And now we are being told not to vote for people who are committed to those things, who make those liberal things the political standards of their lives? Now we're being made to believe that the big "L" word is suddenly the country's secret enemy?

If this is true, what is really up for election this year?

From where I stand, this kind of smear campaign against the very ideals on which this country was built must give us all pause.

The historical truth is that liberalism is always suspicious of any concentrations of power that threaten to subsume individuals into being pawns of any system. So, yes, liberals go to court even in "wartime" to maintain the civil rights of suspected felons lest we all become potential felons in the name of patriotism.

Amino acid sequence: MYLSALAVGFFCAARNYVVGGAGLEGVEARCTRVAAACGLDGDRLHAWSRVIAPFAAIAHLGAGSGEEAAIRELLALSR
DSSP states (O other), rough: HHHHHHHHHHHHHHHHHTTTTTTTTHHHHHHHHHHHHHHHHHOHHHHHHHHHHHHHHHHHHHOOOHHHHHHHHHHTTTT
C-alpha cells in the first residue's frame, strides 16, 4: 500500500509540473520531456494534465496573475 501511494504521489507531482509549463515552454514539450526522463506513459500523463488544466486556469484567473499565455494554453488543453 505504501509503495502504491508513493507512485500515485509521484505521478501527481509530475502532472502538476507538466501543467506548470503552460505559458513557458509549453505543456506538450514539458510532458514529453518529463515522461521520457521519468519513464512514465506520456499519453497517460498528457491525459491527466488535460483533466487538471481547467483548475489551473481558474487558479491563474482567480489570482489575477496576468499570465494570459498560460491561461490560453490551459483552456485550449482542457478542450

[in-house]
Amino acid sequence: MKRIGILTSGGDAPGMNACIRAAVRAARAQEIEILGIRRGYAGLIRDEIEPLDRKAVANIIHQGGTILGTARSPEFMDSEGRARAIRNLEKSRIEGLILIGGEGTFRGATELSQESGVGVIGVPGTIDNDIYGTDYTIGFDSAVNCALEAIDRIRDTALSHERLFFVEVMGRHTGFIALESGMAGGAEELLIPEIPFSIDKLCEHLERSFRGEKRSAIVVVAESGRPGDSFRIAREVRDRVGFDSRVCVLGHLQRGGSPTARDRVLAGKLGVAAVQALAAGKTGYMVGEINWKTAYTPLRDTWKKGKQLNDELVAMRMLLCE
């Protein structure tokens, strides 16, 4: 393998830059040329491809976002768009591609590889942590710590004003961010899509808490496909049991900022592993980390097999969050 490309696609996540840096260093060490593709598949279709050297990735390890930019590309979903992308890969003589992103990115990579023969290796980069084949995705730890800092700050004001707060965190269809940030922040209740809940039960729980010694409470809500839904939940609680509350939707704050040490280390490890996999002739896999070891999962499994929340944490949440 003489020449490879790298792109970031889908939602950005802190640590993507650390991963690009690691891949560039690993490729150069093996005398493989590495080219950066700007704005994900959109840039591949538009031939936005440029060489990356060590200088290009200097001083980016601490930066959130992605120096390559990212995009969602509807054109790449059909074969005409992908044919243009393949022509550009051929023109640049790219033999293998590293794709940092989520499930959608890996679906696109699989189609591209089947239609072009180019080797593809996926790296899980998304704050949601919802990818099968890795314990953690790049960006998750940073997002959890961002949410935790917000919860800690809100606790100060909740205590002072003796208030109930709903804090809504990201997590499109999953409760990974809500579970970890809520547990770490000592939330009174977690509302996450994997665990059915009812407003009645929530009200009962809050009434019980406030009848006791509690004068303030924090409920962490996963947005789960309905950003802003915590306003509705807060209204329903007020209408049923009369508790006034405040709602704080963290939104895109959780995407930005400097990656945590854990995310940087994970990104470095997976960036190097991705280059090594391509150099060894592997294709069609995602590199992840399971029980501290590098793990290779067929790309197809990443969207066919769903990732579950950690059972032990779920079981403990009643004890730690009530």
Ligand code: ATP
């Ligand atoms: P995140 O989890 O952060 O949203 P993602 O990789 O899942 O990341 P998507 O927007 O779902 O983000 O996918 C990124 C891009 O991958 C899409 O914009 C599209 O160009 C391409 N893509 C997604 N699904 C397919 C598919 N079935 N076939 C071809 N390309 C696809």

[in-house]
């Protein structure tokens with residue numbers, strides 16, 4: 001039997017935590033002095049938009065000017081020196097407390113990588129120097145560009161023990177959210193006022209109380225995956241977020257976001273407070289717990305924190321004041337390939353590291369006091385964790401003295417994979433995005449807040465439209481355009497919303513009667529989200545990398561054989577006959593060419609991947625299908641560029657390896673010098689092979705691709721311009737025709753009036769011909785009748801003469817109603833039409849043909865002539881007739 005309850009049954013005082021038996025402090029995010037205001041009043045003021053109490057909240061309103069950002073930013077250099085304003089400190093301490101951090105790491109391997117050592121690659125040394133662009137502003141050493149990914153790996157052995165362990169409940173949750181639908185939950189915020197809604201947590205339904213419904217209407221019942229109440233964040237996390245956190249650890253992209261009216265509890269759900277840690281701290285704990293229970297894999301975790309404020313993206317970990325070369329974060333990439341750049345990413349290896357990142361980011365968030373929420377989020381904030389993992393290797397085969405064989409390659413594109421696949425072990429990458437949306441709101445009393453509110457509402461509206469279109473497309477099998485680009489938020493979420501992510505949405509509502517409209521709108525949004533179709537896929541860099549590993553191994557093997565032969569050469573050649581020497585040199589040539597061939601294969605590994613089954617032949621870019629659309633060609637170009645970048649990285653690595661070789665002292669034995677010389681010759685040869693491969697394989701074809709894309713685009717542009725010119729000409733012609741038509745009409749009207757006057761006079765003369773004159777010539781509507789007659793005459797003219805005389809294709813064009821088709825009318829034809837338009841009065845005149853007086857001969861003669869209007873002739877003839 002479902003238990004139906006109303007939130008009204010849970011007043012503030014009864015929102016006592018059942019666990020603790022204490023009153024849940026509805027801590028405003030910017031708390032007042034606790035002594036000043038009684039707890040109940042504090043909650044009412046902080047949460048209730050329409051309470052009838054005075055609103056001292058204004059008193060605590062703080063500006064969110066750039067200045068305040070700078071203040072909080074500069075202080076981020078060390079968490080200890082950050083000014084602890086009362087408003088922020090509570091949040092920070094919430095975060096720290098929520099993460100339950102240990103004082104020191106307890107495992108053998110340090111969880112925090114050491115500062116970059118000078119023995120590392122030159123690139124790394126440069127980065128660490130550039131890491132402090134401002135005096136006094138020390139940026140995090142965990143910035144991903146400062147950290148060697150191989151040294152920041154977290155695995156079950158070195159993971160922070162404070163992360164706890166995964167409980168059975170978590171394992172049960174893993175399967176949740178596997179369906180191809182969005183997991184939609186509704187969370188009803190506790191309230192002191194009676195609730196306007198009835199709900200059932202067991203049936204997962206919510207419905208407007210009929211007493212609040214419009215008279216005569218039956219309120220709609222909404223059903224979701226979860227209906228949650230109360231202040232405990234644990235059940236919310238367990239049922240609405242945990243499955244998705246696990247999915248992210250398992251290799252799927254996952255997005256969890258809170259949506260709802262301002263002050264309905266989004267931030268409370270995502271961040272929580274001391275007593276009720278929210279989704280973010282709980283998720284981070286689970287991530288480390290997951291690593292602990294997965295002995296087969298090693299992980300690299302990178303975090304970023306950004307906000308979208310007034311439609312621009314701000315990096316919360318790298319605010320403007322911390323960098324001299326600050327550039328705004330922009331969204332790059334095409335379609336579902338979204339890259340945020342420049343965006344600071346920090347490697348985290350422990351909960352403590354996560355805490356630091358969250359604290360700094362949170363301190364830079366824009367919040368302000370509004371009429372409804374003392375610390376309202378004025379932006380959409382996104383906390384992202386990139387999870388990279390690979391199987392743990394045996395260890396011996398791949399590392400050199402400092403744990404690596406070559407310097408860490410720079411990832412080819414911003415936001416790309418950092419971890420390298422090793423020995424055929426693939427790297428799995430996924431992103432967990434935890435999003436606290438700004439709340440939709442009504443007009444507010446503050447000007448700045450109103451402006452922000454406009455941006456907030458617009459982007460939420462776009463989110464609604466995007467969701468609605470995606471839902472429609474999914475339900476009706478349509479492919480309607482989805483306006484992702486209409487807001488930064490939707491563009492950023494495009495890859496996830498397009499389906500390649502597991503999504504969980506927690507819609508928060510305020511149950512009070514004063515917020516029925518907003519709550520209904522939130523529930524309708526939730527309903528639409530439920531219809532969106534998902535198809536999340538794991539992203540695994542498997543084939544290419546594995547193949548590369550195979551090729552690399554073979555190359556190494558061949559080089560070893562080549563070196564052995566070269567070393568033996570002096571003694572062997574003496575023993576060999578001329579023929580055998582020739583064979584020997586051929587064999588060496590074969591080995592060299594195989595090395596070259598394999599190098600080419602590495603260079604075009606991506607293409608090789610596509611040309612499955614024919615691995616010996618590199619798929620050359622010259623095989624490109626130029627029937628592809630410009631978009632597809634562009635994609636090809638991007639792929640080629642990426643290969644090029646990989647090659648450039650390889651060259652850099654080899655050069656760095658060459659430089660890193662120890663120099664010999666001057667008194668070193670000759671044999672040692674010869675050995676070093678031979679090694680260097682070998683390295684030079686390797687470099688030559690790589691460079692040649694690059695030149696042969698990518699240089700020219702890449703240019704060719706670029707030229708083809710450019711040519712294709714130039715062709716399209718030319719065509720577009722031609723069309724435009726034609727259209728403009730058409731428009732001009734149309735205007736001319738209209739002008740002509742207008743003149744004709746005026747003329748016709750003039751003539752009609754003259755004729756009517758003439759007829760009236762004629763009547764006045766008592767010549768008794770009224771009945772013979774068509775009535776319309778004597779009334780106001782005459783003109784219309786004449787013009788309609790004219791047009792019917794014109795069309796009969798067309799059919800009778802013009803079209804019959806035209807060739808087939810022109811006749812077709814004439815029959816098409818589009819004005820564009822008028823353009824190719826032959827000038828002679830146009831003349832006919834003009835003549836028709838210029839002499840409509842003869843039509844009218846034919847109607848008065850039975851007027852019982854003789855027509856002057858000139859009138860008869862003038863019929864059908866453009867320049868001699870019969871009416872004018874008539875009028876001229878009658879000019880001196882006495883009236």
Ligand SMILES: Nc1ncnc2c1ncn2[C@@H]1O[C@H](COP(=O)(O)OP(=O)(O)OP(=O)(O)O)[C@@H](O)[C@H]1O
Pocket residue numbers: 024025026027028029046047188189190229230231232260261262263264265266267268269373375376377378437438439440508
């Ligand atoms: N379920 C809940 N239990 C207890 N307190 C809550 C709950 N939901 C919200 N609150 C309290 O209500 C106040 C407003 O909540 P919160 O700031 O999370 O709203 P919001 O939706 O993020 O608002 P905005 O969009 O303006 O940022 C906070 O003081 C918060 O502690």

Liberals are open to the reorganization of social systems when old institutions fail to respond to new needs. So, yes, they believe that even White House staffers must be accountable to Congressional investigators.

And yes, liberals encourage change when change is what is needed to save what we value most. When Franklin D. Roosevelt created the National Resources Planning Board in the '30s, it was called "un-American," but who would deny today that the planned use of natural resources is the very lifeline of the country?

Liberalism is both the seed and the core of this country. It is not owned by either Democrats or Republicans, but it must be valued by both or the totalitarian states from which we grew may well be the future toward which we ourselves are headed. Then this election will have been more about the past than it is about the present.

Beware the political ads this year. And listen closely. They may be saying more than they are saying. And that is no joke.